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Old 06-25-2005, 08:32 PM
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X-ray X-ray is offline
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Default drill sets good deals

Ok, need some bird dogging, can someone point me to a internet vendor for drill bit sets/ drill dispenser cabinets?

My junk sucks and that is if I can track them down, so in the interest of less frustration i need to get my misc, tooling in order.

drill (bits) good buy's or avoid at all cost , opinions wanted tia

ps. please disregard the whiny tone
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Old 06-25-2005, 09:17 PM
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I don't know about everyone else but most of my bits come from work out of the scrap bin. At the company I work for anything under 1/2" is not resharpened I get them and resharpen on a Drill doc at home. My large bits I buy from a local mill supply house. What I did to keep them organized was buy one of the traveling tool gypsy (cummins set) sets for around ten bucks for the metal fold out organizer box most of the china bits are good for about 3 or 4 holes before they are dulled to the point of resharpening so you can go thru them pretty quick and replace them in the box with good bits. I think Union Butterfield does offer a complete bit set up to 3/4 but it is expensive.


All that was probably no help at all

Jeff
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  #3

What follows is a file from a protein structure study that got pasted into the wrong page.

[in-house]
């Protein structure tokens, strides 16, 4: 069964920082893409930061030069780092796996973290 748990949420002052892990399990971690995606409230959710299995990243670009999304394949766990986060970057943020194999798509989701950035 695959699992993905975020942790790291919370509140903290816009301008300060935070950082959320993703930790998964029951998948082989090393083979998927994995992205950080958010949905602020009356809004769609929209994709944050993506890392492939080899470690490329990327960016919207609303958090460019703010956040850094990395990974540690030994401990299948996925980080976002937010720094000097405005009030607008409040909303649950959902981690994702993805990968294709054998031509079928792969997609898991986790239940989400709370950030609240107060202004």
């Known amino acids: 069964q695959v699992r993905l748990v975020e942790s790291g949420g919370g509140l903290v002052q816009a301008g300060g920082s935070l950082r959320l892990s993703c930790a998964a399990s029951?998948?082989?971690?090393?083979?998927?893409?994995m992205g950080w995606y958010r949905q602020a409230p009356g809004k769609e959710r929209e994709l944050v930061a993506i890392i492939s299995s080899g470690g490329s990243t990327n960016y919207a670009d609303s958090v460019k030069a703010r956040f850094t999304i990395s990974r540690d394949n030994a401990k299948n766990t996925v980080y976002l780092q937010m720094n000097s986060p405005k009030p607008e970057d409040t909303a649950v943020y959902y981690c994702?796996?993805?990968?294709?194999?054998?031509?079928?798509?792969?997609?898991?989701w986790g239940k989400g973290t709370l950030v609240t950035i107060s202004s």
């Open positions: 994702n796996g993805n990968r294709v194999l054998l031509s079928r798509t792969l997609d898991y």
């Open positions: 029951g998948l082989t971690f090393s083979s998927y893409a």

Old 06-25-2005, 09:56 PM
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I suggest you look for a Nachi (Japanese) set they are top line drill bits for a reasonable price. They are better than PTD (Precision Twist Drill) made here in Illinois. I like buying American made but the quality here is unbelievable.

I suggest M-42 (cobalt) for metal cutting.

http://www.nachiamerica.com/distribu...utting%20tools
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Old 06-25-2005, 11:21 PM
bgott bgott is offline
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http://www.use-enco.com
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  #5  
Old 06-26-2005, 12:06 AM
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allrightee, seems I need some schoolin-
118° or 135° ?

and if you have any links for information on drills, beginner level prefered, I think need to find time this winter to take a machinists 101 class

More info: have 3/8 drills & 1/2" rt angle drill and one central machinery (hf) t-583 drill press. these are pretty much what I use to make holes. Just incase there is some information about drill bits relating to the above tools that will be useful

found this link, kind've the choices are a tad bit too much for my enfeebled brain
https://www.otelo.org/catalog/catalog1.asp?ix=668362
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Old 06-26-2005, 01:20 AM
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Ray,

I don't claim any expertise about drill bits other than having worn a lot of them out but I do have a question that might help you get the right answers here, especially with respect to angles: